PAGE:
Saudi Arabia: How U.S. Is Helping in Huge Arms Buildup by Saudi Arabia
Dhahran - Guns, planes and tanks made in the United States form the military muscle. But that's only part of America's overall role.
An impressive combination of U.S. weapons and American know-how is helping turn this thinly populated kingdom into one of the leading military powers in the entire Middle East.
Billions of dollars' worth of U.S.-built planes, tanks, guns and other equipment are providing a much needed punch to a Saudi military machine charged with defending a country of about 7.5 million people in an area the size of the United States east of the Mississippi River.
The flow of military purchases from the U.S. - which could cost as much as 10 billion dollars during the decade that will end in 1984 - is only part of the American connection here.
Hundreds of U.S. military advisers and thousands of civilians on the scene are engaged in a massive effort to modernize the Saudi armed forces. Behind the tremendous push to develop a modern military force:
The conservative and firmly anti-Communist Saudis consider it necessary to keep pace with potential rivals in the Persian Gulf area - notably Iraq, ruled by radicals, and Iran, governed by a conservative Shah now but with an unpredictable future.
The Saudis also keep a wary eye on the Arab-Israeli conflict. Riyadh's direct involvement in possible future wars is considered unlikely, but it could well play a key role as armorer for the Arabs who will have to shoulder the burden of any fighting.
Finally, the Saudis are deeply concerned about Soviet activities in areas close to this kingdom. Moscow's decision to pour millions of dollars in arms into Ethiopia for a war with Somalia, plus the Cuban involvement in the fighting are cited here as evidence of the need to stay on guard against Communist expansion in the region.
However, the Defense Minister, Prince Sultan ibn Abdul Aziz, says Saudi Arabia has no intention of creating a large military establishment. That would hardly be feasible in a country with such a small population. The Army now numbers only 40,000.
What the Saudis are actually planning to build is a highly mobile Army with a strong mechanized and airborne capability. They also envisage a powerful Air Force and a sophisticated missile-defense system.
Currently, the Army consists of a single armored brigade, four infantry brigades and three artillery battalions, backed up by 300 AMX-30 French tanks and 250 American M-60 tanks. The Air Force has 110 Northrop F-5E's and 37 obsolete British Lightning interceptors. It hopes to augment those squadrons with 60 highly sophisticated U.S.-built McDonnell Douglas F-15s in the early 1980s.
Critics in Congress. There are serious doubts, as of now, whether Congress will O.K. the F-15 deal even though President Carter has given the green light. Congressional critics fear the new aircraft could tilt the military balance against Israel in the future. The story on page 56 gives details.
Heart of the American military presence in Saudi Arabia is the mission headed by Air Force Brig. Gen. Carl H. Cathey, Jr. Some 250 uniformed U.S. advisers are training Saudi officers in a wide range of activities - from converting infantry to armor, to instructing combat pilots.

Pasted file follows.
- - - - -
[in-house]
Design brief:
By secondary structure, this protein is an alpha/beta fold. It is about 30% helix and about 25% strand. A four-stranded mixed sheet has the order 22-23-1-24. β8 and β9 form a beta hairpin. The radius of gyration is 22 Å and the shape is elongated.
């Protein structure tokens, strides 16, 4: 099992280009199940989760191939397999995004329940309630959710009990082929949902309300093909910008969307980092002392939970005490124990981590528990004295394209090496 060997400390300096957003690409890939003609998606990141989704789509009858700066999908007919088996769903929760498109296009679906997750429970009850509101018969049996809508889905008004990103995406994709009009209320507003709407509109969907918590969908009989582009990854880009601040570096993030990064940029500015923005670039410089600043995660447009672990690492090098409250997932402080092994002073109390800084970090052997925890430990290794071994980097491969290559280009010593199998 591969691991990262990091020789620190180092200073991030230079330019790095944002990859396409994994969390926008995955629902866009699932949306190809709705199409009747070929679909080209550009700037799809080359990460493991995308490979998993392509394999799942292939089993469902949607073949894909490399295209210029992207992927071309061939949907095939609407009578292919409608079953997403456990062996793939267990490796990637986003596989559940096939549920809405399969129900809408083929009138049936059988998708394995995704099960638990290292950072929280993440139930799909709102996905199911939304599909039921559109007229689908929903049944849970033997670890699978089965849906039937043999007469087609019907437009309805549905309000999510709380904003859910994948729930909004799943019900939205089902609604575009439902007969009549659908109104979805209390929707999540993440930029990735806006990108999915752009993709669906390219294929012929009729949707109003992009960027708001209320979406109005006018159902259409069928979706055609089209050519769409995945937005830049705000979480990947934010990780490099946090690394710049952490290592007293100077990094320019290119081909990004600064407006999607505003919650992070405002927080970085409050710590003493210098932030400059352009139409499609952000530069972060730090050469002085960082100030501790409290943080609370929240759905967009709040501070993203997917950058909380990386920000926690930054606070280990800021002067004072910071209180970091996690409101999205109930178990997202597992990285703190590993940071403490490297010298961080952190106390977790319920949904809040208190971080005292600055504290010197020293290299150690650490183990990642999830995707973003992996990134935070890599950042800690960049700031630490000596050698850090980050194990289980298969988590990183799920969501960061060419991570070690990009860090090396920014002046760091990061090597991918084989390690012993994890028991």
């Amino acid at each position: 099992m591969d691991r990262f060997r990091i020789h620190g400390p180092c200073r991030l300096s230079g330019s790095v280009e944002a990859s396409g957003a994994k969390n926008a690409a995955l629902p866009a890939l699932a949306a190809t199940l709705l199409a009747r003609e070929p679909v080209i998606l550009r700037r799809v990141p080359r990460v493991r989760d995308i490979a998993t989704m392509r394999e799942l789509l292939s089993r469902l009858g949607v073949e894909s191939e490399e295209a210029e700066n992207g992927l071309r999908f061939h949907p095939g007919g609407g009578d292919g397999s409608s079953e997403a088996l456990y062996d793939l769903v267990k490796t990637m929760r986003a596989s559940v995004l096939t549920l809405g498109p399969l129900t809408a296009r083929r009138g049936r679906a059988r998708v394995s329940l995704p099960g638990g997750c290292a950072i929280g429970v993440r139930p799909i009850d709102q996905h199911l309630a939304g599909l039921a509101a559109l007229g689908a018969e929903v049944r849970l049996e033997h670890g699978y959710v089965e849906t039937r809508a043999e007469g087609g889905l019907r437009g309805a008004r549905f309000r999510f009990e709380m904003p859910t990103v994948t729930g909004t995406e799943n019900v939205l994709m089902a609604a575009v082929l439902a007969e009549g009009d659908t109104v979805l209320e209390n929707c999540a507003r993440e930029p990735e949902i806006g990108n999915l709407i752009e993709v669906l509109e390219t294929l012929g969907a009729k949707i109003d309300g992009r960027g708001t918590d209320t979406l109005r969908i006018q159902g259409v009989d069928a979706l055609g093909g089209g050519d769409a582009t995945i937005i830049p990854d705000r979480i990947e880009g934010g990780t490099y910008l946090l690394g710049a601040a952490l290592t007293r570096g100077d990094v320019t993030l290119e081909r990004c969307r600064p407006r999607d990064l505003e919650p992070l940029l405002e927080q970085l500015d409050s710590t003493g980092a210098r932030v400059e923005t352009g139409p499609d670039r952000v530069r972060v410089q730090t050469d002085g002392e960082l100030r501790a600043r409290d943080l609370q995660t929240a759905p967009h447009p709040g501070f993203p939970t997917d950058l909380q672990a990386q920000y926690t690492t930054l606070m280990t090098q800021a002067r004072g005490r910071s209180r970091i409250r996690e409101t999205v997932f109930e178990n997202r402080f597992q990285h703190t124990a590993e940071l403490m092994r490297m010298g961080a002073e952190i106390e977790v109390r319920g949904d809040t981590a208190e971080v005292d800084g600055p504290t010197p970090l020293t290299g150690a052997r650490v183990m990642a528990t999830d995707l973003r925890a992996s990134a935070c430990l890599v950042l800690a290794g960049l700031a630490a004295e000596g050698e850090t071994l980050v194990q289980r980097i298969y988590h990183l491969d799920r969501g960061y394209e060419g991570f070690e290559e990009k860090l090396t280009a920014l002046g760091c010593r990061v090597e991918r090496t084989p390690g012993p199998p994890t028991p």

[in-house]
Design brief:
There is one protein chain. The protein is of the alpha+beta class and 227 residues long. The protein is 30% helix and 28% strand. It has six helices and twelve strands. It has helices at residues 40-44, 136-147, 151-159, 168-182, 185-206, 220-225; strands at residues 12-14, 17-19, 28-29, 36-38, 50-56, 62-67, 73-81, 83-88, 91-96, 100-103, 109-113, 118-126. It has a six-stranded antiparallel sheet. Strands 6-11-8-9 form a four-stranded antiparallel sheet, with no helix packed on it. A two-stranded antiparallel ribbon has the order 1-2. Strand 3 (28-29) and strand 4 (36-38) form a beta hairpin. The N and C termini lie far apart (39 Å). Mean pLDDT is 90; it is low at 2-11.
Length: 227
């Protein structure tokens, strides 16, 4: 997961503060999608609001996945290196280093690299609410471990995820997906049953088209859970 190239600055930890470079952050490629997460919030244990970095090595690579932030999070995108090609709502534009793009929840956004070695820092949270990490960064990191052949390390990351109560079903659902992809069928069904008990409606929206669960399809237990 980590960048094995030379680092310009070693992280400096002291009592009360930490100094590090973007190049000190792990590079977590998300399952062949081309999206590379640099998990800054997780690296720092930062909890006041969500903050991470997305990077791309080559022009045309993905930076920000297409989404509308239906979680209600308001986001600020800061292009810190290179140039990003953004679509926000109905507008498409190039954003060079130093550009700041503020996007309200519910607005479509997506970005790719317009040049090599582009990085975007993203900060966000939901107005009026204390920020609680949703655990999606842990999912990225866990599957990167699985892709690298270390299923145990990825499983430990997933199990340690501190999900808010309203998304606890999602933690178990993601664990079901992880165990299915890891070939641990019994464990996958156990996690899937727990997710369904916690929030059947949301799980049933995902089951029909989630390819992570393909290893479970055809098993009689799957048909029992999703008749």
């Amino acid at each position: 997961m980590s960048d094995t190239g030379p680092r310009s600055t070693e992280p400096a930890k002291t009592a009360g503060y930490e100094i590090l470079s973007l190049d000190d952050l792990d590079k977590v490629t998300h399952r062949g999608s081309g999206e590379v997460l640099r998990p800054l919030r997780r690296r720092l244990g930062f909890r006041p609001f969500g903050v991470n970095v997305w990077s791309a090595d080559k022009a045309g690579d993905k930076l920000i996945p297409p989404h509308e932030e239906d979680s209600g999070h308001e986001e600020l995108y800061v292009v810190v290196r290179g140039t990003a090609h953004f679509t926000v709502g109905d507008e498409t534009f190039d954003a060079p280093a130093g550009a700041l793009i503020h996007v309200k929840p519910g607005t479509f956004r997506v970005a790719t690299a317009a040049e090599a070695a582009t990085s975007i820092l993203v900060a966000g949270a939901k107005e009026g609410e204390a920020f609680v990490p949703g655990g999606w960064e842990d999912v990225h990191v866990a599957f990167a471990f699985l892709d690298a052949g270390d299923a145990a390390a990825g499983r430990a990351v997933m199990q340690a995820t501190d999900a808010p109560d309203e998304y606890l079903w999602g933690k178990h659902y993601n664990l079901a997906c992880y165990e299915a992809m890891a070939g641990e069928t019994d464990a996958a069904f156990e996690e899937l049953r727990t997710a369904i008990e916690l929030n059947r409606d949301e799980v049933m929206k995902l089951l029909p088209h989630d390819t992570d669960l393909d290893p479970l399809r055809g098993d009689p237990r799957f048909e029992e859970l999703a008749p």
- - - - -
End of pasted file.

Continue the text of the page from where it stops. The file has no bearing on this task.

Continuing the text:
The mission includes another 750 Department of Defense civilians who train Saudis in the use and maintenance of the M-60 tanks.Naval officers also are assisting in the development of a 2,000-man, 28-vessel Navy.
The mission is only part of the total American involvement in the country's military buildup. In all, there are more than 6,000 U.S. civilian contract workers here engaged in a variety of assignments. For example:
More than 1,000 Northrop Corporation personnel help support the F-5E aircraft program. Raytheon Company assists in the deployment of the Hawk surface-to-air missile system.
Lockheed Aircraft Corporation is prime adviser on radio. Avco Corporation is working with the Coast Guard, Bendix Corporation with the Ordnance and Transport Corps.
Vinnell Corporation of California has contracts for one of the larger operations - a 77-million-dollar effort to strengthen the 26,000-man National Guard, the internal-security force responsible for protecting the oil fields and the royal family.
Engineering expertise. The largest venture of all may be the huge construction program for which the U.S. Army Corps of Engineers is responsible. Total outlays for corps-directed projects could run as high as 17 billion dollars over a 10-year span.
Some 82 Army engineers and about 800 civilians - all paid by the Saudis - comprise the engineering contingent. In addition, the corps is responsible for subcontracting projects to civilian firms such as Bechtel Corporation, Fluor Corporation, Santa Fe Engineering, Lockheed, Raytheon, J. A. Jones, Blount Brothers and Aramco. To date, American companies have won some 43 percent of the contracts.
Actually, much of the work overseen by the corps is military only in a technical sense.
Morrison-Knudsen, for example, is helping to build a cantonment at Al Batin, northwest of Dhahran. The project calls for construction of facilities for 6,500 troops and their families, including schools, hospitals, mosques and markets. Eventually, Al Batin is expected to grow into a community of 70,000, with total construction costs running up to 7 billion dollars.
The U.S. is not the only Western power that the Saudis are calling on for help. France and Britain also have training missions here. But they are small compared with the tremendous American presence that shows every sign of becoming even larger in years ahead.